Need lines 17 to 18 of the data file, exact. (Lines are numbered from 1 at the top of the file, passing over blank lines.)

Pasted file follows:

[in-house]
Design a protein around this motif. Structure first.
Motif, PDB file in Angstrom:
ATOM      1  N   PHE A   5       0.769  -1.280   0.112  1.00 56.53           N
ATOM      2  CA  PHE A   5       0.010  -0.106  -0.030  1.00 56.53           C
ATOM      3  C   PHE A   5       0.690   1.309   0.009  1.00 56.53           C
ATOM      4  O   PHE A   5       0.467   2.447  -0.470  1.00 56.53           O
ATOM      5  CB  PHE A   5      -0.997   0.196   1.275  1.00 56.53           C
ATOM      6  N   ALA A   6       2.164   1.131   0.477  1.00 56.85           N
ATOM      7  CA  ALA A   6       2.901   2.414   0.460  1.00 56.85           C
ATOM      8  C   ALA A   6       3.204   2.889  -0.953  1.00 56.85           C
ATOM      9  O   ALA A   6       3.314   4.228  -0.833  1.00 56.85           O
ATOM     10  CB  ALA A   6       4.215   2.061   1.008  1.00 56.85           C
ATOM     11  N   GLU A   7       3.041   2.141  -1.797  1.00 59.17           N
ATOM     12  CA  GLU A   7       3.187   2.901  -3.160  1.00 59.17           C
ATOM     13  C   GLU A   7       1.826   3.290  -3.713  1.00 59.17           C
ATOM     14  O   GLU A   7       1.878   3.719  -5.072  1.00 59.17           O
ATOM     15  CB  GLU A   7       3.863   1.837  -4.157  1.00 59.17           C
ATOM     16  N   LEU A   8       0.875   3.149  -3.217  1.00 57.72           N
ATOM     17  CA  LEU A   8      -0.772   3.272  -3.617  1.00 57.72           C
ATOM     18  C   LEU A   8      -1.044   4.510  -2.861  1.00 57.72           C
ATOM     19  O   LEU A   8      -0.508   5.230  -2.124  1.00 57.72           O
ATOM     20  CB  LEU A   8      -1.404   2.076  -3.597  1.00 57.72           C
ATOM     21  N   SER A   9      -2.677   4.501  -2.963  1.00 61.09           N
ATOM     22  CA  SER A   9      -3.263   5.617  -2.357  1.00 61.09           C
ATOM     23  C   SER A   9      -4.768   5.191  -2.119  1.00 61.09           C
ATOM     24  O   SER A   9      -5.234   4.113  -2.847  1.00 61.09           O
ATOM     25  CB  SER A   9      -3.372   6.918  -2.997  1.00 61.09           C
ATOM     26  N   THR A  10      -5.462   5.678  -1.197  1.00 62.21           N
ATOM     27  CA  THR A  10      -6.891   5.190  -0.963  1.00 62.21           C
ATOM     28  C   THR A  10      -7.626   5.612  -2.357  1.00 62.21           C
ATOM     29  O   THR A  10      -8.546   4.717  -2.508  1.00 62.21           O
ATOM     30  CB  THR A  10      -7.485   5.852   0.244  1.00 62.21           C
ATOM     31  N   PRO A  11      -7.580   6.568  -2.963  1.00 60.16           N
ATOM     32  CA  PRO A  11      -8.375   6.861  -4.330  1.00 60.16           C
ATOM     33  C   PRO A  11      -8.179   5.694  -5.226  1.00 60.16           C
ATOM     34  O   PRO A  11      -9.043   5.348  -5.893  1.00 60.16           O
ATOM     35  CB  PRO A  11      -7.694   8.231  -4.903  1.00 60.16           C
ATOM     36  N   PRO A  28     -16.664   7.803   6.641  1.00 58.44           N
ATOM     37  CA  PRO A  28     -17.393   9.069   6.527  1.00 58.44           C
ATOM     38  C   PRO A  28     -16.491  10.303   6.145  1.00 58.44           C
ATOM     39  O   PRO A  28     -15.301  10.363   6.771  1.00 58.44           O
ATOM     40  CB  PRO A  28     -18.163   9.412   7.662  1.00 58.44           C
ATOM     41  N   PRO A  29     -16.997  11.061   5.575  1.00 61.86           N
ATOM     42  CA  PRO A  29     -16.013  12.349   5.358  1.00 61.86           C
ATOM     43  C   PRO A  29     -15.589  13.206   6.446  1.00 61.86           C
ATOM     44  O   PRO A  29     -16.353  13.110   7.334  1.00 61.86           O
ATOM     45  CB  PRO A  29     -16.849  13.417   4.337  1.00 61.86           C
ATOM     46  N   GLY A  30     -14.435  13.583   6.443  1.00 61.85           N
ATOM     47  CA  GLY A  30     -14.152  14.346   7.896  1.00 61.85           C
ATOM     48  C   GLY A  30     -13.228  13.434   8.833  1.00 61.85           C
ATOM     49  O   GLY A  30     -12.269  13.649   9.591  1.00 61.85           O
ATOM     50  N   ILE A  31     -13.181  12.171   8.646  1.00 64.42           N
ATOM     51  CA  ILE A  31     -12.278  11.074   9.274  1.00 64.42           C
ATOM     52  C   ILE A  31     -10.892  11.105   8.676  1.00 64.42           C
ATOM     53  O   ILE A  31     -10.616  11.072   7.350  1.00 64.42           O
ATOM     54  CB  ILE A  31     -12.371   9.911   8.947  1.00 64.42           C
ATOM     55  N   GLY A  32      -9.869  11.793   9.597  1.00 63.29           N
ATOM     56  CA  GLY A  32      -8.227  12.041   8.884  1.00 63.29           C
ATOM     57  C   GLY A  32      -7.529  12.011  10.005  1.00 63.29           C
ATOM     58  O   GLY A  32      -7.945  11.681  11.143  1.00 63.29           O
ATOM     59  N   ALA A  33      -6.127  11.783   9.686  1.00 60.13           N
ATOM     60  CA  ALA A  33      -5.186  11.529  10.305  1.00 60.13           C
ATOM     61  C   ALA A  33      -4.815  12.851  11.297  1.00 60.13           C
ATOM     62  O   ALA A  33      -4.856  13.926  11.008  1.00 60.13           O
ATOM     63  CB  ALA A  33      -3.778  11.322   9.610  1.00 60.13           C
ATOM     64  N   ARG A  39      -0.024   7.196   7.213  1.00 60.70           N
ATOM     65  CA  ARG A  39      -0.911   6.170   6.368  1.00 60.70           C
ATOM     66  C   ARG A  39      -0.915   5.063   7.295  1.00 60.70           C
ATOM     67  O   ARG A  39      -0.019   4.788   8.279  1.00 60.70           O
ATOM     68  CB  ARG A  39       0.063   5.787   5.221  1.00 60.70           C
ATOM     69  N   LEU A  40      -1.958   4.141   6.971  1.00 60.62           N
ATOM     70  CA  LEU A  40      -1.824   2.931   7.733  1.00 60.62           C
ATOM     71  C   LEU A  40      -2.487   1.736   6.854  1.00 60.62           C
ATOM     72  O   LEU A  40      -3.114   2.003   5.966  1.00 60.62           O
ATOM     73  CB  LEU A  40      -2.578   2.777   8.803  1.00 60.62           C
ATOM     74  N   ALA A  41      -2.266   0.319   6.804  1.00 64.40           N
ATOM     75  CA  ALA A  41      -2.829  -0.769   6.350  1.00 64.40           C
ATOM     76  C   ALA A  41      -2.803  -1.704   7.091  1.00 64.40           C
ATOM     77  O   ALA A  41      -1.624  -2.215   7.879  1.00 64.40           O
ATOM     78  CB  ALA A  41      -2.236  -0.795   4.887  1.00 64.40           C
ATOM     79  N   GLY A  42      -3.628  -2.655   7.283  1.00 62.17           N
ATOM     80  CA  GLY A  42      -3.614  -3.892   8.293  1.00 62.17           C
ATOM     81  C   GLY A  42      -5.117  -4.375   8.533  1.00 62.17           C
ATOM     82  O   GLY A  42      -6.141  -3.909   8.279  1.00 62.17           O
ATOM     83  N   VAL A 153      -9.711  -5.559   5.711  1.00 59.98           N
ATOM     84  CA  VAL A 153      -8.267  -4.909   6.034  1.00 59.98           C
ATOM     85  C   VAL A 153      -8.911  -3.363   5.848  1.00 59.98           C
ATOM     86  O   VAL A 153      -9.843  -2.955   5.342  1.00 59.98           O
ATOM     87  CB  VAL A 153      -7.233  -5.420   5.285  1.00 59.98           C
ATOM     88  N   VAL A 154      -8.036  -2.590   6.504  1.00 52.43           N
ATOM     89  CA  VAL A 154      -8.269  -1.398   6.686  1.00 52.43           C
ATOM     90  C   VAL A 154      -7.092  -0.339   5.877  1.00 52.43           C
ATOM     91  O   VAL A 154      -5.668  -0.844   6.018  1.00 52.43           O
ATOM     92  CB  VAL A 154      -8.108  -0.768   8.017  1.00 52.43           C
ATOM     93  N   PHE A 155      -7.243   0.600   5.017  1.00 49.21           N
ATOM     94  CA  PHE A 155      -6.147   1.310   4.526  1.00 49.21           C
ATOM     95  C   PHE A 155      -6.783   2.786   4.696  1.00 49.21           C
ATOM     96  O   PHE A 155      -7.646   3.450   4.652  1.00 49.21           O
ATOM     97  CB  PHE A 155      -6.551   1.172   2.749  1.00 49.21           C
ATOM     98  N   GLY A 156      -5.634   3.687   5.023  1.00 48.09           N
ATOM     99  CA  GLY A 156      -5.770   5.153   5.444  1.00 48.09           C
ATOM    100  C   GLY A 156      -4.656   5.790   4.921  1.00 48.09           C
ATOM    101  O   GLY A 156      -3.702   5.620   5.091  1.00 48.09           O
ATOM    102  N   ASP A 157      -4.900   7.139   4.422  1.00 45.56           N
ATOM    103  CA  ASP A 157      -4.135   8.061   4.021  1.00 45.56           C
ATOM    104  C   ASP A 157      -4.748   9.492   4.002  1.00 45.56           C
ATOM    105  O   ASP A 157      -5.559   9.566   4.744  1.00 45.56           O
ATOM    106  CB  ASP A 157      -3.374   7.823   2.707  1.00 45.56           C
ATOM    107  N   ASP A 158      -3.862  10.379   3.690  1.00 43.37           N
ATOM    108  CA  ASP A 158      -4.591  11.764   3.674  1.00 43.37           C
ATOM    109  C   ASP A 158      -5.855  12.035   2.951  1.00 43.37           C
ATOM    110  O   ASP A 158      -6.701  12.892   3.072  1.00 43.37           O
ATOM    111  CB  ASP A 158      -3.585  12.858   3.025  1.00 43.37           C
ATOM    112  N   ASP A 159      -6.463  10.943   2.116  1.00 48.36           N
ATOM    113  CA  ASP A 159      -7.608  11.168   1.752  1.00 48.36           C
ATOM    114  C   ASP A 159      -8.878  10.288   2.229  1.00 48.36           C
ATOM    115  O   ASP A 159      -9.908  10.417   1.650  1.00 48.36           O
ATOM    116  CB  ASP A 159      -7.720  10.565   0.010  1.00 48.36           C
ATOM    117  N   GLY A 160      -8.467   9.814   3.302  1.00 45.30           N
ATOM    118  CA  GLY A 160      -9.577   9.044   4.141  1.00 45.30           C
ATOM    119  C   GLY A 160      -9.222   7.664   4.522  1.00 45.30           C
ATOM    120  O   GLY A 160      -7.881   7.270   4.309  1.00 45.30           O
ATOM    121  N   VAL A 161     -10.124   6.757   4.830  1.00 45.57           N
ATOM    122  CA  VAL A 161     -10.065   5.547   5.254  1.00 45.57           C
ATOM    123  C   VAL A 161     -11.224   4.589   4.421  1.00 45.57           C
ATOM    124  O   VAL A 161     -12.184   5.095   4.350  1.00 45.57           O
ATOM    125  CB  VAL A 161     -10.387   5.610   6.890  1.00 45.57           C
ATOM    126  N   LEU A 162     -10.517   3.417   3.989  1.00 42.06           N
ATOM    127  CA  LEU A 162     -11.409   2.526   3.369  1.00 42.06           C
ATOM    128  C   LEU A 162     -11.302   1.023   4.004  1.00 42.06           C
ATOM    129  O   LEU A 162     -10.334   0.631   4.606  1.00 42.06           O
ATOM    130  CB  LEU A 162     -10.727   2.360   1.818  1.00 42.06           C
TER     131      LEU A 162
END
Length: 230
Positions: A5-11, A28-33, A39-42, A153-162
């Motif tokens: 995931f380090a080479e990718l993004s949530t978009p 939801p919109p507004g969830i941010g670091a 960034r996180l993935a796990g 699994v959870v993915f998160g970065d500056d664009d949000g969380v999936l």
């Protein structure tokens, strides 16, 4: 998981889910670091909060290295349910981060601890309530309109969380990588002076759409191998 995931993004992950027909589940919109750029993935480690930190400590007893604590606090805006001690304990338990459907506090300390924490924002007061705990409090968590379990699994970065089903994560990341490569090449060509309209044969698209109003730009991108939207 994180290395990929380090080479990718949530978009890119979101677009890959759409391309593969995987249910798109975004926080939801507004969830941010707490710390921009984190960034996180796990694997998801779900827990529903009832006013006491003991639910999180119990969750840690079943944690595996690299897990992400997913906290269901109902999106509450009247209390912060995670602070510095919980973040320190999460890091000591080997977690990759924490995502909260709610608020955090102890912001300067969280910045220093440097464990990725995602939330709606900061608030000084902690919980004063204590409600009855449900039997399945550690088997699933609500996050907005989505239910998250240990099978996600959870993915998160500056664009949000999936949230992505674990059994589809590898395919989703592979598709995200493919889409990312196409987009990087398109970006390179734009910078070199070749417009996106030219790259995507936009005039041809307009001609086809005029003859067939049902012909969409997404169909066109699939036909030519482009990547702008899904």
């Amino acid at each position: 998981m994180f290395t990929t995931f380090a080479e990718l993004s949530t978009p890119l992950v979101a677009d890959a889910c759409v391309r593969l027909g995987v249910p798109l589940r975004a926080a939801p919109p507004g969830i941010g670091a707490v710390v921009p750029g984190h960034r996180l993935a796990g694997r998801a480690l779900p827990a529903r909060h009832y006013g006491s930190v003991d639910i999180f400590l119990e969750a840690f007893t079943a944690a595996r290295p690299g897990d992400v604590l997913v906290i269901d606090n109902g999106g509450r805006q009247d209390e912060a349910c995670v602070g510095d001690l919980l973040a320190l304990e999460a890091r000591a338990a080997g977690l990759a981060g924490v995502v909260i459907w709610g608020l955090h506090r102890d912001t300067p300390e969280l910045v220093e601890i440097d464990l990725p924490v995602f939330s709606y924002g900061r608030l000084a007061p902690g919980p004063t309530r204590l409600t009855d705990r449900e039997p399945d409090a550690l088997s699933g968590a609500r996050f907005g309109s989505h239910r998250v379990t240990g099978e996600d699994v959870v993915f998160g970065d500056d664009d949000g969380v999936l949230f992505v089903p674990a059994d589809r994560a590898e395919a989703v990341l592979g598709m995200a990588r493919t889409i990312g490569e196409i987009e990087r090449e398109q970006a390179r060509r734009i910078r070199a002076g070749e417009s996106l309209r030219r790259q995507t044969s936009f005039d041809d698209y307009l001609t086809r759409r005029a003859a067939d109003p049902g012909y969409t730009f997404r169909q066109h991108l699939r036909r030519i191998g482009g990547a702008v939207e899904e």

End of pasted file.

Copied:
ATOM     14  O   GLU A   7       1.878   3.719  -5.072  1.00 59.17           O
ATOM     15  CB  GLU A   7       3.863   1.837  -4.157  1.00 59.17           C